Load volumes range from 8m3 to 15m3, with short, medium and long wheelbases, three roof heights and three different weight options. That ensures there’s a version to suit almost every operation, with vans that focus on volume, and others that prioritise payload, with a heavier 3.8-tonne gross vehicle weight (GVW).
Payloads are similar to the diesel Renault Master and the best performing electric Master will be able to move 1.2-tonnes. Dimensions inside the load area remain unchanged, so the Master E-Tech can move load lengths from 2583mm to 3733mm depending on the version.
On the inside, there’s a decent amount of storage, particularly in the door pockets, but also the glovebox. It’s worth mentioning that UK models get a standard glovebox that drops down on a hinge, whereas European vans get a sort of tray that slides out on runners and is even larger.
Buying & owning
Everyday costs, plus how reliable and safe it is
Large electric vans don't come cheap compared with conventional equivalents, but the electrified Renault Master has always been at the more affordable end of the spectrum.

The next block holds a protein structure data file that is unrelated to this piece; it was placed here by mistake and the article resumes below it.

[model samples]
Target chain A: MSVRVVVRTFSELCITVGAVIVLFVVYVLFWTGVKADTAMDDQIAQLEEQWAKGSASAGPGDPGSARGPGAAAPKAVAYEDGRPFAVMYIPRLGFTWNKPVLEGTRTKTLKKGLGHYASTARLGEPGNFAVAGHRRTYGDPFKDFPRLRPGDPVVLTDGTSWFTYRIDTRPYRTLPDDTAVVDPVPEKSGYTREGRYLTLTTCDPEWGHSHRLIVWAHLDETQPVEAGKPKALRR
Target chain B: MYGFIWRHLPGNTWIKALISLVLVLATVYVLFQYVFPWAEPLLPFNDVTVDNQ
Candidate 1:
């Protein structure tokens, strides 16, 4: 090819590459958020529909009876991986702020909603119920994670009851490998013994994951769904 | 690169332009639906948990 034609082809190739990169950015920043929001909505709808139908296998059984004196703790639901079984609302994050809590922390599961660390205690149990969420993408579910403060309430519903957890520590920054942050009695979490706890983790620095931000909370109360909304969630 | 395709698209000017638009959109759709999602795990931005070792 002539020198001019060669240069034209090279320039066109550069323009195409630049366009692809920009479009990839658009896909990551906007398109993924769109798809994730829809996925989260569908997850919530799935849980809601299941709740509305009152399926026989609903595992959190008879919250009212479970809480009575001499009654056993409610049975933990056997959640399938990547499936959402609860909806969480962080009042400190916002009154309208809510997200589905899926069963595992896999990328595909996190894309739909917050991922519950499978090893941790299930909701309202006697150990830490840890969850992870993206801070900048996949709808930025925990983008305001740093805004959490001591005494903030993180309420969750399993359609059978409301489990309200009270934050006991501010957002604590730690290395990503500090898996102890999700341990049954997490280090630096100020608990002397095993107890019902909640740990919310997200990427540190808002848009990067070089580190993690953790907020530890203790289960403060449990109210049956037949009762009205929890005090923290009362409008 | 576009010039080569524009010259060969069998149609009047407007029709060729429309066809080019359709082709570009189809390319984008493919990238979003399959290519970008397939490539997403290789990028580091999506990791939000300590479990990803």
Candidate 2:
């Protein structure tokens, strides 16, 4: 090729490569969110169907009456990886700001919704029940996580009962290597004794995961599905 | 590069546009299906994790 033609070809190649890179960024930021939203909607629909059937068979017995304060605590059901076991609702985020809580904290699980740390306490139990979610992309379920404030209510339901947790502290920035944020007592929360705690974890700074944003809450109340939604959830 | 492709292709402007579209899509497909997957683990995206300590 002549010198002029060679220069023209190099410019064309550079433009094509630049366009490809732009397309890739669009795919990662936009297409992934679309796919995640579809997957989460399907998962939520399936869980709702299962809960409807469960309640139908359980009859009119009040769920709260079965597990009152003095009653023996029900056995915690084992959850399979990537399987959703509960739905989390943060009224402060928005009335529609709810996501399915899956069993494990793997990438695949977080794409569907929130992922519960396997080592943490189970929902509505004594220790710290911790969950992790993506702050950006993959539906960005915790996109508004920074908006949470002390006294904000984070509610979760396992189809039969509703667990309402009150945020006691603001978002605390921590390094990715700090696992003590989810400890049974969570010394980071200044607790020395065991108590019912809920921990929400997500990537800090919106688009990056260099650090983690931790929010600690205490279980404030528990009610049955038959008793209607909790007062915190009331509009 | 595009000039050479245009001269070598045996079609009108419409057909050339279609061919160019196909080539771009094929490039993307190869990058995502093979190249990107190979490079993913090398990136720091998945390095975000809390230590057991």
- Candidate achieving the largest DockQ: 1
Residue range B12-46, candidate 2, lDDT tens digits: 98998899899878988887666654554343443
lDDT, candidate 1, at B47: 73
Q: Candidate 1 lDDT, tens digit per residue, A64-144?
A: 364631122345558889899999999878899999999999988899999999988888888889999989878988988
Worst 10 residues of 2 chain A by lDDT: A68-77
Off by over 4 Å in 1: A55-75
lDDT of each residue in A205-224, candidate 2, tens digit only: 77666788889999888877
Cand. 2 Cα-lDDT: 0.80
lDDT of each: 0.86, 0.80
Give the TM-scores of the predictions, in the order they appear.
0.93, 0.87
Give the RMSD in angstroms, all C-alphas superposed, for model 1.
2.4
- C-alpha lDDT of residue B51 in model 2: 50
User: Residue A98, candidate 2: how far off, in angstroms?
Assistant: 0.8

When it comes to running and charging the van, there are two ways of powering the Master – but the bad news is that neither is as fast as the competition. The Master E-Tech doesn’t support rapid charging, but it does do 22kW DC charging and 7.4kW AC single-phase.
As a result, charge times are slow, with a 7.4kW wall box taking around five hours to reach 80% charge, doubling to more than 10 hours on a domestic 3.7kW supply. The 22kW DC charger is a little better, with 31 miles of range added in around 45 minutes.
Safety tech includes the option of lane-departure warning, rear parking assistance and a reversing camera, but there’s also front and rear parking sensors, emergency braking and a rear-view camera that replaces the rear-view mirror to give a view behind.
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About the author
George Barrow is one of the leading van and truck reviewers, and is the UK’s only representative on the prestigious International Van of the Year jury. He has written about vans and commercial vehicles for the past 15 years, and can be found in titles including The Sun and What Van?, alongside What Car?.
Barrow is well regarded in the commercial vehicle industry, securing access to the latest models – and the people who made them – long before other titles.